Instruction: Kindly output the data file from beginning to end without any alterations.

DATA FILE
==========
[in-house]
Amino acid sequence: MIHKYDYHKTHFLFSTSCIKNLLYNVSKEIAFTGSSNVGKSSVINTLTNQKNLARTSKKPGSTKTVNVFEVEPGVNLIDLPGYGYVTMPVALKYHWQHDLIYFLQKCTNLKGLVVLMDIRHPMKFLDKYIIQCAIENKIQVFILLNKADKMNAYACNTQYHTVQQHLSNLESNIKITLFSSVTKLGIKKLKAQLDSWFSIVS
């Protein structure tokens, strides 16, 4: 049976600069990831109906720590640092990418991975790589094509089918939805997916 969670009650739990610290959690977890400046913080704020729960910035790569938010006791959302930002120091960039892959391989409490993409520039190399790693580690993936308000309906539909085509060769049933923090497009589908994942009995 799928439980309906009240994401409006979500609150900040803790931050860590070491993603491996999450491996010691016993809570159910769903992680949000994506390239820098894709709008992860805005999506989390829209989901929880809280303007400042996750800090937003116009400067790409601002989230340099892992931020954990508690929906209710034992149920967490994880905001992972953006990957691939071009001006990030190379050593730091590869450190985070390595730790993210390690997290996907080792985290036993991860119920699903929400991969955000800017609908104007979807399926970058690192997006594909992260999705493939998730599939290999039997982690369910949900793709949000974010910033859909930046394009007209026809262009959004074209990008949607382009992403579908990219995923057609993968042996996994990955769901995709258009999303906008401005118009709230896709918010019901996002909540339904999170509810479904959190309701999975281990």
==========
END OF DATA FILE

[in-house]
Amino acid sequence: MIHKYDYHKTHFLFSTSCIKNLLYNVSKEIAFTGSSNVGKSSVINTLTNQKNLARTSKKPGSTKTVNVFEVEPGVNLIDLPGYGYVTMPVALKYHWQHDLIYFLQKCTNLKGLVVLMDIRHPMKFLDKYIIQCAIENKIQVFILLNKADKMNAYACNTQYHTVQQHLSNLESNIKITLFSSVTKLGIKKLKAQLDSWFSIVS
């Protein structure tokens, strides 16, 4: 049976600069990831109906720590640092990418991975790589094509089918939805997916 969670009650739990610290959690977890400046913080704020729960910035790569938010006791959302930002120091960039892959391989409490993409520039190399790693580690993936308000309906539909085509060769049933923090497009589908994942009995 799928439980309906009240994401409006979500609150900040803790931050860590070491993603491996999450491996010691016993809570159910769903992680949000994506390239820098894709709008992860805005999506989390829209989901929880809280303007400042996750800090937003116009400067790409601002989230340099892992931020954990508690929906209710034992149920967490994880905001992972953006990957691939071009001006990030190379050593730091590869450190985070390595730790993210390690997290996907080792985290036993991860119920699903929400991969955000800017609908104007979807399926970058690192997006594909992260999705493939998730599939290999039997982690369910949900793709949000974010910033859909930046394009007209026809262009959004074209990008949607382009992403579908990219995923057609993968042996996994990955769901995709258009999303906008401005118009709230896709918010019901996002909540339904999170509810479904959190309701999975281990």